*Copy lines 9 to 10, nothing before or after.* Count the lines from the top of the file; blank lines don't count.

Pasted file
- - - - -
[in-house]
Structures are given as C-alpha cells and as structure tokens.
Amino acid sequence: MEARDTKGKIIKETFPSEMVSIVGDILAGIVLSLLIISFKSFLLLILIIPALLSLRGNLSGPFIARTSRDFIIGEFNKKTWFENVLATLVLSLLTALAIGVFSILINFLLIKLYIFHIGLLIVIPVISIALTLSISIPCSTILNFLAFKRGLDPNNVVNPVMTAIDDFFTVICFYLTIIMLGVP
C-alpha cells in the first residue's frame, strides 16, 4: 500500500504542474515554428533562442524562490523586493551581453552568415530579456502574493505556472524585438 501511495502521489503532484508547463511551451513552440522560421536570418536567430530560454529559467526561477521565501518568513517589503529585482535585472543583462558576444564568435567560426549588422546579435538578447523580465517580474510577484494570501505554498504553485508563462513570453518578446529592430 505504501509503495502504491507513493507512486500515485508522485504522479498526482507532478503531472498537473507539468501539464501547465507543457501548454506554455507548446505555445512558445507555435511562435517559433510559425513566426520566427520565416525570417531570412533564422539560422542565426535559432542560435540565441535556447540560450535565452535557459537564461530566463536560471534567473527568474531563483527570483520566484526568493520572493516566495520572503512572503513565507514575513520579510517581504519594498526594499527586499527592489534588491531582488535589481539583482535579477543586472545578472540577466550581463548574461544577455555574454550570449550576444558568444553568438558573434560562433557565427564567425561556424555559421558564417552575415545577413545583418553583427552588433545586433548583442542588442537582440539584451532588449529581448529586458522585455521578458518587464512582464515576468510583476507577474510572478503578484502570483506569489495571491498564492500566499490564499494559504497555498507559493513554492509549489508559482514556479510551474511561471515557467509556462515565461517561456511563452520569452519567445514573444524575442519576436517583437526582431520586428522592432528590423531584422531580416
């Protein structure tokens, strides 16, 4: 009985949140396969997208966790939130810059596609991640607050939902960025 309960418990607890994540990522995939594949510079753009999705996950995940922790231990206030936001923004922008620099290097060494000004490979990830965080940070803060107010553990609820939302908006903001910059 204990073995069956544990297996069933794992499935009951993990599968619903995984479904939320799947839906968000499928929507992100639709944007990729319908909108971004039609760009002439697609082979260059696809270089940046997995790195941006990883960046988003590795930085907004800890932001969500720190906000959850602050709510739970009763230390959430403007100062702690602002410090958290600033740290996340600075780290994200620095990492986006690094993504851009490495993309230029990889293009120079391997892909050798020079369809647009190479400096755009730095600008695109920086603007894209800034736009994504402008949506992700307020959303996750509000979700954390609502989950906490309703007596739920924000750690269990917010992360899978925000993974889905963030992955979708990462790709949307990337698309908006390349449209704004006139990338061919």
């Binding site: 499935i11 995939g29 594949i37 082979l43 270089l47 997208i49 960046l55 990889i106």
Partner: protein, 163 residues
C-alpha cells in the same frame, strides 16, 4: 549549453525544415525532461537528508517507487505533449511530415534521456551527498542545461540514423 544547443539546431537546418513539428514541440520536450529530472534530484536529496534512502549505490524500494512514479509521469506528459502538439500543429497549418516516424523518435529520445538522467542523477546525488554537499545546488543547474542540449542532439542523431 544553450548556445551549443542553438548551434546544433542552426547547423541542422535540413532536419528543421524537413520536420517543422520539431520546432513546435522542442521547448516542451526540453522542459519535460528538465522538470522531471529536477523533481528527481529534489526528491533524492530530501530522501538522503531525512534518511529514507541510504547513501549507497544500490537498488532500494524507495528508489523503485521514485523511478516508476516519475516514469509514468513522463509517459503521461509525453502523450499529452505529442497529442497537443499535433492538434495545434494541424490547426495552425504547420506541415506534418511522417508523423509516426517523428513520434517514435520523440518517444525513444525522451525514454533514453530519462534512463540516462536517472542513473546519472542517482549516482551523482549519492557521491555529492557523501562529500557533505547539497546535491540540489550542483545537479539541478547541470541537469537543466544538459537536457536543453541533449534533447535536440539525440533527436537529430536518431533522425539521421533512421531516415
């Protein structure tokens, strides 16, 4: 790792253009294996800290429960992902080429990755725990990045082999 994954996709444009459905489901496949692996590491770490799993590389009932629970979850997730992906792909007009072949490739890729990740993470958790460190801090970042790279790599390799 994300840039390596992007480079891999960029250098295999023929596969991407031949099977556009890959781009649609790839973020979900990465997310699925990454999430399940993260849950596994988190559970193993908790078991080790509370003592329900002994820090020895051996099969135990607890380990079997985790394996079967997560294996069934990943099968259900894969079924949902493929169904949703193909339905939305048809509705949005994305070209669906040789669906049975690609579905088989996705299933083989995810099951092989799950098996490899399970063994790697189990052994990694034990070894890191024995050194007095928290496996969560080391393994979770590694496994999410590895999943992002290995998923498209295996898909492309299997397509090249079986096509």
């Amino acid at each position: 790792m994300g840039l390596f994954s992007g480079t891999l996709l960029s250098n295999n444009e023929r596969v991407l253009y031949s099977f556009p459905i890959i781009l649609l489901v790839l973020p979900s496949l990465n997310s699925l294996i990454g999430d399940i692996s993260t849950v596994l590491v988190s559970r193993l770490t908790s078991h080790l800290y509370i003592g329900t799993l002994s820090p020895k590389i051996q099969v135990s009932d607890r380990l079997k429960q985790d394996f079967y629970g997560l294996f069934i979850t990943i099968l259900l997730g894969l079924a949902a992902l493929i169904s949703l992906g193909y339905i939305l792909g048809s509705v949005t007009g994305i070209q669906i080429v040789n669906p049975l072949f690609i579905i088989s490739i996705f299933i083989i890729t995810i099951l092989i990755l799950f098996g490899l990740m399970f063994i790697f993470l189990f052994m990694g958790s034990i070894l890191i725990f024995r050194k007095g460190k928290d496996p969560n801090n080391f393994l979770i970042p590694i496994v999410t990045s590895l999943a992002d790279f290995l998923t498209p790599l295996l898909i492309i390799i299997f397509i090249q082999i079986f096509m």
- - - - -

């Protein structure tokens, strides 16, 4: 790792253009294996800290429960992902080429990755725990990045082999 994954996709444009459905489901496949692996590491770490799993590389009932629970979850997730992906792909007009072949490739890729990740993470958790460190801090970042790279790599390799 994300840039390596992007480079891999960029250098295999023929596969991407031949099977556009890959781009649609790839973020979900990465997310699925990454999430399940993260849950596994988190559970193993908790078991080790509370003592329900002994820090020895051996099969135990607890380990079997985790394996079967997560294996069934990943099968259900894969079924949902493929169904949703193909339905939305048809509705949005994305070209669906040789669906049975690609579905088989996705299933083989995810099951092989799950098996490899399970063994790697189990052994990694034990070894890191024995050194007095928290496996969560080391393994979770590694496994999410590895999943992002290995998923498209295996898909492309299997397509090249079986096509």
């Amino acid at each position: 790792m994300g840039l390596f994954s992007g480079t891999l996709l960029s250098n295999n444009e023929r596969v991407l253009y031949s099977f556009p459905i890959i781009l649609l489901v790839l973020p979900s496949l990465n997310s699925l294996i990454g999430d399940i692996s993260t849950v596994l590491v988190s559970r193993l770490t908790s078991h080790l800290y509370i003592g329900t799993l002994s820090p020895k590389i051996q099969v135990s009932d607890r380990l079997k429960q985790d394996f079967y629970g997560l294996f069934i979850t990943i099968l259900l997730g894969l079924a949902a992902l493929i169904s949703l992906g193909y339905i939305l792909g048809s509705v949005t007009g994305i070209q669906i080429v040789n669906p049975l072949f690609i579905i088989s490739i996705f299933i083989i890729t995810i099951l092989i990755l799950f098996g490899l990740m399970f063994i790697f993470l189990f052994m990694g958790s034990i070894l890191i725990f024995r050194k007095g460190k928290d496996p969560n801090n080391f393994l979770i970042p590694i496994v999410t990045s590895l999943a992002d790279f290995l998923t498209p790599l295996l898909i492309i390799i299997f397509i090249q082999i079986f096509m």